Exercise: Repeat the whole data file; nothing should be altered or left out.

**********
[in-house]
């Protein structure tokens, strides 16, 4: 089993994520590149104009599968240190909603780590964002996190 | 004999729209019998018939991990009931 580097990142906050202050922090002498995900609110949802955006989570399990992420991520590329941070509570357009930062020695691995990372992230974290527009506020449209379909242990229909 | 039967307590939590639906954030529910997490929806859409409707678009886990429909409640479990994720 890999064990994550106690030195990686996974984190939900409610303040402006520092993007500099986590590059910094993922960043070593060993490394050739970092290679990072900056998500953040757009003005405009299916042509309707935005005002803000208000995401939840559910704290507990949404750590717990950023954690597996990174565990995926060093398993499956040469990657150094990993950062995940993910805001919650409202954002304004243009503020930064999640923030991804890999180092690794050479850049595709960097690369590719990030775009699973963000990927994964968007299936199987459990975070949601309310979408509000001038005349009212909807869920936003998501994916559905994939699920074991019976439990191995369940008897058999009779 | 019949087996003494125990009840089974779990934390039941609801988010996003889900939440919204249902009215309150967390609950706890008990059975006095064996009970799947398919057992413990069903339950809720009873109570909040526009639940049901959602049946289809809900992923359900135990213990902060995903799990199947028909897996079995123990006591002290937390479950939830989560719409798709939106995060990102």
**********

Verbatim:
[in-house]
């Protein structure tokens, strides 16, 4: 089993994520590149104009599968240190909603780590964002996190 | 004999729209019998018939991990009931 580097990142906050202050922090002498995900609110949802955006989570399990992420991520590329941070509570357009930062020695691995990372992230974290527009506020449209379909242990229909 | 039967307590939590639906954030529910997490929806859409409707678009886990429909409640479990994720 890999064990994550106690030195990686996974984190939900409610303040402006520092993007500099986590590059910094993922960043070593060993490394050739970092290679990072900056998500953040757009003005405009299916042509309707935005005002803000208000995401939840559910704290507990949404750590717990950023954690597996990174565990995926060093398993499956040469990657150094990993950062995940993910805001919650409202954002304004243009503020930064999640923030991804890999180092690794050479850049595709960097690369590719990030775009699973963000990927994964968007299936199987459990975070949601309310979408509000001038005349009212909807869920936003998501994916559905994939699920074991019976439990191995369940008897058999009779 | 019949087996003494125990009840089974779990934390039941609801988010996003889900939440919204249902009215309150967390609950706890008990059975006095064996009970799947398919057992413990069903339950809720009873109570909040526009639940049901959602049946289809809900992923359900135990213990902060995903799990199947028909897996079995123990006591002290937390479950939830989560719409798709939106995060990102």